Austria admits mistakes made in dealing with intelligence on Vienna attacker

Austria admits mistakes made in dealing with intelligence on Vienna attacker
A military police officer guard at the crime scene near a synagogue in Vienna, Austria, Wednesday, Nov. 4, 2020. Several shots were fired shortly after 8 p.m. local time on Monday, Nov. 2, in a lively street in the city center of Vienna. (AP Photo/Matthias Schrader)

Slovakian intelligence told their Austrian counterparts in July that the gunman who killed four people in a terror attack in Vienna this week had tried to buy ammunition there and mistakes were apparently made in dealing with that information, Austrian authorities have conceded.

The suspect, identified as 20-year-old Kujtim Fejzulai, had a previous conviction for trying to join the so-called Islamic State group in Syria and had been given early release in December.

In addition to killing two men and two women, he wounded more than 20 people in a nine-minute attack before being killed by police on Monday night. Bars and cafes were crowded with people enjoying warm weather and a last evening out before a new coronavirus lockdown.

The attacker was armed with an automatic rifle, a handgun and a machete, and wore a fake explosives vest.

Bullet holes at the scene (Matthias Schrader/AP)

A full assessment of copious video evidence has confirmed he was a lone assailant, interior minister Karl Nehammer said.

Austrian officials say Fejzulai, a dual citizen of Austria and North Macedonia, fooled the justice system’s de-radicalisation programme after his release, and Mr Nehammer said on Wednesday that other things appeared to have gone wrong.

Slovak intelligence informed Austria that Fejzulai was trying to buy ammunition, and “something apparently went wrong with the communication in the next steps”, Mr Nehammer said, adding that he would propose that an independent panel to be set up to examine “where things happened that shouldn’t have happened”.

In neighbouring Slovakia, police said they received information during the summer about “suspected persons from Austria” trying to buy ammunition.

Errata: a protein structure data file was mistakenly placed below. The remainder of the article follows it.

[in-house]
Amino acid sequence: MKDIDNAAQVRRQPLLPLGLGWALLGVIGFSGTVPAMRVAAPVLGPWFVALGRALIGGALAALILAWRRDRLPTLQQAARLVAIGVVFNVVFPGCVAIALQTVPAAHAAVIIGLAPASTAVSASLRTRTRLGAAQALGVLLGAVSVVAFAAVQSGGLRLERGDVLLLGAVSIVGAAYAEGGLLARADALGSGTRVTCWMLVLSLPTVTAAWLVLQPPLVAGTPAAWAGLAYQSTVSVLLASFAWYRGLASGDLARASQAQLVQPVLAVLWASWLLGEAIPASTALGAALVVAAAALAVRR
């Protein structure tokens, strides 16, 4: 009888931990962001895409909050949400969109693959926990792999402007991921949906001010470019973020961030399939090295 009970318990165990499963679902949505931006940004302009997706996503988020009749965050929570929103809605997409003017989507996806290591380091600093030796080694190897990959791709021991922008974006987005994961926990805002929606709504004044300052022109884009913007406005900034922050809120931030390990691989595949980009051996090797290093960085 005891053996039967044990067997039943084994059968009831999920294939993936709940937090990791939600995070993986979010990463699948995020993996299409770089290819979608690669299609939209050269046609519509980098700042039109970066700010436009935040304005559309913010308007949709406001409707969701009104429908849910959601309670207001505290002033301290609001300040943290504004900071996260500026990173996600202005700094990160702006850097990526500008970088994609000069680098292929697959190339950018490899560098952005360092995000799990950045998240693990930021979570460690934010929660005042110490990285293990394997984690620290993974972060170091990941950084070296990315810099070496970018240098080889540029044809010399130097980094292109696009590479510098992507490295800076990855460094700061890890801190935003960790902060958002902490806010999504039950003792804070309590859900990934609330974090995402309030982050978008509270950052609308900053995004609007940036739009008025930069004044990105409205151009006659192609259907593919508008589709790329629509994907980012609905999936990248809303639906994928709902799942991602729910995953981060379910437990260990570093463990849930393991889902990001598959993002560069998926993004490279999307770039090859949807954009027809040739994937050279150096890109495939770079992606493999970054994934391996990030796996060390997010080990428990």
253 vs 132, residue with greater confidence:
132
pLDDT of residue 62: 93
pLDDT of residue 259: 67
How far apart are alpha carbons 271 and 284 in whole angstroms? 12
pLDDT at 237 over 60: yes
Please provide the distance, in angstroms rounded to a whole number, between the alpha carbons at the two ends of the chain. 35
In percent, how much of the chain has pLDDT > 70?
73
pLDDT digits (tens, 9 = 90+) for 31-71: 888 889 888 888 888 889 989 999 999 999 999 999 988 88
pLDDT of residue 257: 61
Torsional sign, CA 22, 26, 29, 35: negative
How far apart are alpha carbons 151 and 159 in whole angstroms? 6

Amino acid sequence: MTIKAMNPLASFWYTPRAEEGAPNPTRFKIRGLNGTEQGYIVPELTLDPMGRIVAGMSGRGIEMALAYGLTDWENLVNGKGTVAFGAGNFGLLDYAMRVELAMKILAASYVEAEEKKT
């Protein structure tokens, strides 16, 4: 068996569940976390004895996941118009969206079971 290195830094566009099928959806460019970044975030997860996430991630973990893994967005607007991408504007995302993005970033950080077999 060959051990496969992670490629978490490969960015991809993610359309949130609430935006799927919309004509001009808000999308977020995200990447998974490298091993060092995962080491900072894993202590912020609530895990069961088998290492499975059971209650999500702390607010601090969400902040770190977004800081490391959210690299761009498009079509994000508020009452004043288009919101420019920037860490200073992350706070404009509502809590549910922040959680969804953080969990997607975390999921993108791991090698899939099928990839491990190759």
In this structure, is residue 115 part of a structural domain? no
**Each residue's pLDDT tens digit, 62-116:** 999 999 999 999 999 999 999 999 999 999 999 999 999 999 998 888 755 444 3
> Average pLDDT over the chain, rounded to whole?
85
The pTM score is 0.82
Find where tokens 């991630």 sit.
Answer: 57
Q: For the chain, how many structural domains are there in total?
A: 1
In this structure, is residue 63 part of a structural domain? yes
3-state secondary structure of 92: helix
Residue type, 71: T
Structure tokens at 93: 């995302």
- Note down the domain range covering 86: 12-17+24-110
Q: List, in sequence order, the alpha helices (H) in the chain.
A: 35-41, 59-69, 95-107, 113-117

“They failed to make the purchase,” they said. “We immediately sent the information to our Austrian colleagues.”

Wreaths and candles in Vienna (Matthias Schrader/AP)

Austrian public security director Franz Ruf said his intelligence officials received the information and asked questions of their Slovak counterparts, but it is unclear “whether the process went optimally”.

Fourteen people associated with the attacker were detained on Tuesday for questioning. Mr Nehammer said their ages range from 18 to 28 and all have immigrant roots. Some do not have Austrian citizenship.

Police in the Swiss city of Winterthur said on Tuesday that two men had been arrested there. Swiss news outlet St Galler Tagblatt reported that justice minister Karin Keller-Sutter described them as “colleagues” of the attacker.

Mr Ruf said Austrian authorities are in close contact with their Swiss counterparts.

The assailant attended school in Vienna for years and until recently lived with his parents in the city, Mr Ruf said.

In August 2018, Fejzulai tried to travel to Afghanistan to attempt to join IS, but was turned back because he had no visa.

In September of the same year, he travelled to Turkey to try to join the extremist group, but was detained and held for months by Turkey before being returned to Austria in January 2019, when he was arrested at the airport.

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